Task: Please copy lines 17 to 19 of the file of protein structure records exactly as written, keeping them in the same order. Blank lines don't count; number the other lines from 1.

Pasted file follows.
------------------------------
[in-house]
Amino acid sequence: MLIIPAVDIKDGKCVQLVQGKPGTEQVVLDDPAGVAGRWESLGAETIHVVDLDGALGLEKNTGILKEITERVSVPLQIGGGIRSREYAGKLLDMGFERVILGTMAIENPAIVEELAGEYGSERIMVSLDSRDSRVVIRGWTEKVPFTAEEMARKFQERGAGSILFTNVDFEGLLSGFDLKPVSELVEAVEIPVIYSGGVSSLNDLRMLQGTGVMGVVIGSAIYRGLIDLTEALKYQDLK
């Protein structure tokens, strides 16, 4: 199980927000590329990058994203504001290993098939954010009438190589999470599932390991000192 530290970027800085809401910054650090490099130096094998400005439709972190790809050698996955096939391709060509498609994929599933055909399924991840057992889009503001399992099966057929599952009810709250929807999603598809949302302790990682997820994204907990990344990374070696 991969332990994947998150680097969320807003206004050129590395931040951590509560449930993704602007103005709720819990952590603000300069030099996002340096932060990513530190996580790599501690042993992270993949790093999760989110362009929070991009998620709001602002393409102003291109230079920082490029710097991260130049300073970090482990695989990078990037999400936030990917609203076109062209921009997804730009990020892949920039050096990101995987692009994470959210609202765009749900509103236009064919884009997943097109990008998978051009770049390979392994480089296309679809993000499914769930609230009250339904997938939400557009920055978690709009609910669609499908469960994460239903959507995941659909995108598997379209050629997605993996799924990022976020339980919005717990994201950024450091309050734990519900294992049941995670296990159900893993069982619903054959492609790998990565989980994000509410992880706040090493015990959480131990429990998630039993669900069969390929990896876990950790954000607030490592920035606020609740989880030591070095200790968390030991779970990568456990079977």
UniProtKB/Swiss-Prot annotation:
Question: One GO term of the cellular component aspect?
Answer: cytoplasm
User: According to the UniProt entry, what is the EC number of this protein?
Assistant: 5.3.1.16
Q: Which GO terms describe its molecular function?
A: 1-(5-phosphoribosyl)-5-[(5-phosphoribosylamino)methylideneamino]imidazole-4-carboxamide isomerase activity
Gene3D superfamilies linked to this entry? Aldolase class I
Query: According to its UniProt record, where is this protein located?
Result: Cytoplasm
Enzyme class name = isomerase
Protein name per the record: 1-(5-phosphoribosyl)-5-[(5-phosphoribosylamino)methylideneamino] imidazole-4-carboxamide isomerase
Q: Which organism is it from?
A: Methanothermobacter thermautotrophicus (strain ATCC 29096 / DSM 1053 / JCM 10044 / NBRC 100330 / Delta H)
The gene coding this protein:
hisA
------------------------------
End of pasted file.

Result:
A: Methanothermobacter thermautotrophicus (strain ATCC 29096 / DSM 1053 / JCM 10044 / NBRC 100330 / Delta H)
The gene coding this protein:
hisA